Is it possible to achieve terminal velocity when falling off a bike? Are there places on the earth where gravity is noticeably stronger than normal, like, perhaps in an icy corner on a golf course that, coincidently, has a bike race on it? Would it be really weird to wear super-padded underwear under cycling spandex so that when you continually land on unforgiving frozen ground on the same side, your hip doesn’t start looking like a rotten moldy tomato that has been half eaten by a wolverine? Is there ever a time in a bike race when just giving up and walking back to your car is justified? These are some of the thoughts that I was having between 9 and 10:15 a.m. this past Saturday.
Luck plays a big role in our lives. All the preparation in the world can’t cover every possible scenario. I’m not claiming that my awful race at the USA Cycling Fat Bike National Championship on Saturday in Grand Rapids, Michigan was just bad luck. I could have anticipated that course conditions might have changed significantly from the time I pre-rode the course at 8 am to one hour later when my race started. I could have realized that the speed you ride in warm-up and the speed at race pace might make some of the slippery sections even slipperier. I should know this from the 218 cyclocross races I’ve done in my life. I could have realized that if I crashed at a certain place on the course on the first lap that perhaps I shouldn’t take that same line on the second lap and expect a different result. In retrospect, there were a lot of things that I should have done differently. After the fourth bone jarring crash in the first two laps of a four lap race and finding myself so far in last place that abandoning seemed like the right decision, I had to remind myself how much I hate seeing a “DNF “ next to my name in the results.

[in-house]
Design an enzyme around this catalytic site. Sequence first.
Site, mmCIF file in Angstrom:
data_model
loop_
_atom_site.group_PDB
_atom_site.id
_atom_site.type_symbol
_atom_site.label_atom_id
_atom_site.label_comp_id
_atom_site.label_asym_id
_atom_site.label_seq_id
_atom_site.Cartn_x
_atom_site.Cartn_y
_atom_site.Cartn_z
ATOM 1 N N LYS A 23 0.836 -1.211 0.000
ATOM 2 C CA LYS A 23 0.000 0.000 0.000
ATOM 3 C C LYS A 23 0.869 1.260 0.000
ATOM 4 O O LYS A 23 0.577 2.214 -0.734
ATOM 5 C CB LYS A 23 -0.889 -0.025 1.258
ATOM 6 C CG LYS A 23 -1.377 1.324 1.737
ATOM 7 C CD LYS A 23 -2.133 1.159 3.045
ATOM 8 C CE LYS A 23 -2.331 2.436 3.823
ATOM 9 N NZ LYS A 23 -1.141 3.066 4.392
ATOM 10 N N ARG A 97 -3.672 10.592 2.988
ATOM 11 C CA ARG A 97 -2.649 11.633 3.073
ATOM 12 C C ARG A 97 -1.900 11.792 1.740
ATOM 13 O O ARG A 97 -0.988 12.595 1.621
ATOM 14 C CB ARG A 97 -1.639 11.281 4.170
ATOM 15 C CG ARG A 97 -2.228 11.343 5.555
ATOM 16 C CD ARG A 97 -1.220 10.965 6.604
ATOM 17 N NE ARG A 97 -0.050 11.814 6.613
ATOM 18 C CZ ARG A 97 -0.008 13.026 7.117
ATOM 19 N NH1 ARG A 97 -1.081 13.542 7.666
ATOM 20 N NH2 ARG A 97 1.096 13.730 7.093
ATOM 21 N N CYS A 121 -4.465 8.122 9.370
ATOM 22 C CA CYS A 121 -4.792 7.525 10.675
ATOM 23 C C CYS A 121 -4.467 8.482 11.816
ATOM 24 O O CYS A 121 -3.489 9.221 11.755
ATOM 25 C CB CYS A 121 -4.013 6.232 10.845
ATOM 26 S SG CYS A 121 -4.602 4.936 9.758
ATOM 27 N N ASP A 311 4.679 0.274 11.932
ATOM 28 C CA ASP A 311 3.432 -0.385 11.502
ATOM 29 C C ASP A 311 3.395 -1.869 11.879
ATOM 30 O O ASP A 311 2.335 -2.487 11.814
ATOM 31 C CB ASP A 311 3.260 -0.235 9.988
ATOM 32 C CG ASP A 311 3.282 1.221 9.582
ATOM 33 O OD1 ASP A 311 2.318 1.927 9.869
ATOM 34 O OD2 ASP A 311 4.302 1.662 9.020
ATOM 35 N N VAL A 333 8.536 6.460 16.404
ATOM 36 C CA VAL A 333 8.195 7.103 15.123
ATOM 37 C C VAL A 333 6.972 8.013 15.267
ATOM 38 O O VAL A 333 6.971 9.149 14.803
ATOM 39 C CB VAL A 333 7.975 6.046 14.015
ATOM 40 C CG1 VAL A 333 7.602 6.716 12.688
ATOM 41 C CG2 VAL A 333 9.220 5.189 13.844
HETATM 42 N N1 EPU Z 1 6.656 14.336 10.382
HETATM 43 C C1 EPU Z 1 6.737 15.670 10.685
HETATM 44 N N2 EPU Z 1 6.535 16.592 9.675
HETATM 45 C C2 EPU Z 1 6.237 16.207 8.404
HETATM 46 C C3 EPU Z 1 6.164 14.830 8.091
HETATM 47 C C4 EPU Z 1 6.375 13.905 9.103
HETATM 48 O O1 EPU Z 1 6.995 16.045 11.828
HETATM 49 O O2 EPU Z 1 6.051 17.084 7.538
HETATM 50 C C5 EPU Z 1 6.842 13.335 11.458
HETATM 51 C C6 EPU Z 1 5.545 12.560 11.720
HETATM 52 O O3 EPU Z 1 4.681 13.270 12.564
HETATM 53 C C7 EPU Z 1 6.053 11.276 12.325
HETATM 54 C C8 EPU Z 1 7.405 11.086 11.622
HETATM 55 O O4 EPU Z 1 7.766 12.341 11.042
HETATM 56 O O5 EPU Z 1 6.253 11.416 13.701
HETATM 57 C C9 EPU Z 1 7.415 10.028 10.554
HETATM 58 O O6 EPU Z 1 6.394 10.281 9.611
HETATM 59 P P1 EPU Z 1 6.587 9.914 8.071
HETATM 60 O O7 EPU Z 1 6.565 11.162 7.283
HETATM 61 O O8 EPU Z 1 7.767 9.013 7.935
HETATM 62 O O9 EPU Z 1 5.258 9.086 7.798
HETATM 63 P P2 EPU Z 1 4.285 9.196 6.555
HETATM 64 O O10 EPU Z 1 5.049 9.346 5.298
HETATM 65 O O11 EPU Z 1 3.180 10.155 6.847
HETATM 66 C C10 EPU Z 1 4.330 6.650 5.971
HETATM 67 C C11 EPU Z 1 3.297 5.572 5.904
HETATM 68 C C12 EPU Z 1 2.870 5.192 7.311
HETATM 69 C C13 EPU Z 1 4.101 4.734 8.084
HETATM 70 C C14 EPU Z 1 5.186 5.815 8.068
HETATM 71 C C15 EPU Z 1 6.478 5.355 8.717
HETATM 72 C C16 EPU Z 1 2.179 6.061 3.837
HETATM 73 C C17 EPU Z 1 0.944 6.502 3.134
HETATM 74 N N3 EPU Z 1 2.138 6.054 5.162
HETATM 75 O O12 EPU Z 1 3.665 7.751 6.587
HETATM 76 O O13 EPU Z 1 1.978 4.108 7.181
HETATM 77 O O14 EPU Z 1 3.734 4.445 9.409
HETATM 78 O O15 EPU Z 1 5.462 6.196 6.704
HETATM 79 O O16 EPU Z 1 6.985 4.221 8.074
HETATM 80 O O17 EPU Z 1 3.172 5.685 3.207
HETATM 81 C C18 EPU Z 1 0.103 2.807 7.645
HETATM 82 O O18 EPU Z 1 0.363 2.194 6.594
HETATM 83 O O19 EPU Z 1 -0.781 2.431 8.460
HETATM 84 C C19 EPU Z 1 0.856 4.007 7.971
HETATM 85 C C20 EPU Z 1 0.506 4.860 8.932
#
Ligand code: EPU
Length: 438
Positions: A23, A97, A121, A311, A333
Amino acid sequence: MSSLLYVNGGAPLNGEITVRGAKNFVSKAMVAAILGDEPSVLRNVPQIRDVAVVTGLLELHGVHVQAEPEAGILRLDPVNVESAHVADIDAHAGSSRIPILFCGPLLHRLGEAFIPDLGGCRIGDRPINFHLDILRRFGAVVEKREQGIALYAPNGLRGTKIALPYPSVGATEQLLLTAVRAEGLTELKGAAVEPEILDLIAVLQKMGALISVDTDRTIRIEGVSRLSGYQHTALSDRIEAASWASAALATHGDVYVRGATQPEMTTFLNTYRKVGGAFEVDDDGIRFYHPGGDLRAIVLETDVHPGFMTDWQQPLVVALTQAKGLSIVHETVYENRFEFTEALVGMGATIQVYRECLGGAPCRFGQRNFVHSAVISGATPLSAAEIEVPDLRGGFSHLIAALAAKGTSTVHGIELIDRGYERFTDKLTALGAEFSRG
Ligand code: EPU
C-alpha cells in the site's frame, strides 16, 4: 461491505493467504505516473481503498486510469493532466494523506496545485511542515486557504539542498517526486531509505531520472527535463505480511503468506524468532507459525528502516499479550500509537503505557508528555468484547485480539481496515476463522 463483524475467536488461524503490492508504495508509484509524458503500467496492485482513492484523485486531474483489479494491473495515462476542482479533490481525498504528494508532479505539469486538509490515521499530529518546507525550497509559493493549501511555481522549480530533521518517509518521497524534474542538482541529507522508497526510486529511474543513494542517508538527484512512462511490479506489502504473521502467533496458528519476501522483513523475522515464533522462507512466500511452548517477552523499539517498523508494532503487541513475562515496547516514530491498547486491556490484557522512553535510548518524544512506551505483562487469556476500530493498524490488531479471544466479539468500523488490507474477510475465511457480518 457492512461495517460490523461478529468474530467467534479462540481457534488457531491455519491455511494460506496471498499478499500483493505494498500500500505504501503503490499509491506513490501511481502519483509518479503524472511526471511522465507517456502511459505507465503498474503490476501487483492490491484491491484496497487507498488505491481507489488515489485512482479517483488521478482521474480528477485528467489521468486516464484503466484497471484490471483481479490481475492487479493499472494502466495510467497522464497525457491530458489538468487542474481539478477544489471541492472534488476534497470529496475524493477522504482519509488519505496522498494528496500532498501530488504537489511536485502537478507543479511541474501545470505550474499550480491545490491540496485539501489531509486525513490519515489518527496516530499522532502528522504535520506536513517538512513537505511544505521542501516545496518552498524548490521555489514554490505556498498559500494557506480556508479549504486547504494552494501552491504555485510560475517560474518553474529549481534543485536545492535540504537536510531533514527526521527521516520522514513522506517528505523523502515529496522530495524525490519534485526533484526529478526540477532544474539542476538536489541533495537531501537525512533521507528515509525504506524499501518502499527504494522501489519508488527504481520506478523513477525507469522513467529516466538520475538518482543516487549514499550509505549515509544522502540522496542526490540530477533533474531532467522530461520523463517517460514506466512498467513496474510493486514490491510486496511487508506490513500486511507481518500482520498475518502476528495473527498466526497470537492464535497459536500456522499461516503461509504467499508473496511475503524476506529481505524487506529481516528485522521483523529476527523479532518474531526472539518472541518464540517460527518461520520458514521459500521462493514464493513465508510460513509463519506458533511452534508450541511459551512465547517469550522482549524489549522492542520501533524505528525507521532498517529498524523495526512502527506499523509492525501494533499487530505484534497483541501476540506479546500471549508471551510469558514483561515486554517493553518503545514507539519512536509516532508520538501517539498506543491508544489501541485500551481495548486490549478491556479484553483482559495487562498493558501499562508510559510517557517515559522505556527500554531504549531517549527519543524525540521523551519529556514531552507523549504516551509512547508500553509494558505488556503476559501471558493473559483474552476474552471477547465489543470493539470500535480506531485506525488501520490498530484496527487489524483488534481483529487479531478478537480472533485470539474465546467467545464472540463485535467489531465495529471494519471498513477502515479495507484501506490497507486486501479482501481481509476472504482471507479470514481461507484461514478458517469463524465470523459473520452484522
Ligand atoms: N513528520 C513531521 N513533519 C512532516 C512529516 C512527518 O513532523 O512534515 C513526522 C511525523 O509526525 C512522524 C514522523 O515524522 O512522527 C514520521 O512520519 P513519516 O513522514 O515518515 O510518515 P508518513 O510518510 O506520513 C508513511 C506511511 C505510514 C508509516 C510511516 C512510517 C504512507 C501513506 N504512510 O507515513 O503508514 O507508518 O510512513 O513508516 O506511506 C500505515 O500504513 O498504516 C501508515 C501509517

I had a few friends at this race taking pictures. Somehow, they all show me upright, happily racing my fat bike. Luckily, none of them were within sight of me lying face down after each crash trying to get the birdies flying around my head to go away. Luckily, about a quarter of the way through the first lap when I was racing around a fast sweeping icy turn to stay with the leading pack of racers and went down so hard that my rear derailleur got jam packed with ice and grass and I had to spend about a minute struggling to get my chain back on, I didn’t take any of the racers out coming from behind me. Luckily when I was lying in a half frozen puddle after my third crash and was staring up at the clouds wondering about life and what the first sip of a Manhattan was going to taste like that night and why I might consider doing a fat bike race under these conditions to be “fun” and two women pushing a baby stroller came running over to see if I needed medical help, I was able to get up and continue “racing” for another 25 yards before crashing again. This was the second time in the race that I really begin questioning my sanity. I guess, all things considered, I was pretty lucky. Gravity, however, was not particularly kind to me and again, showed me that it is the ultimate force in the universe.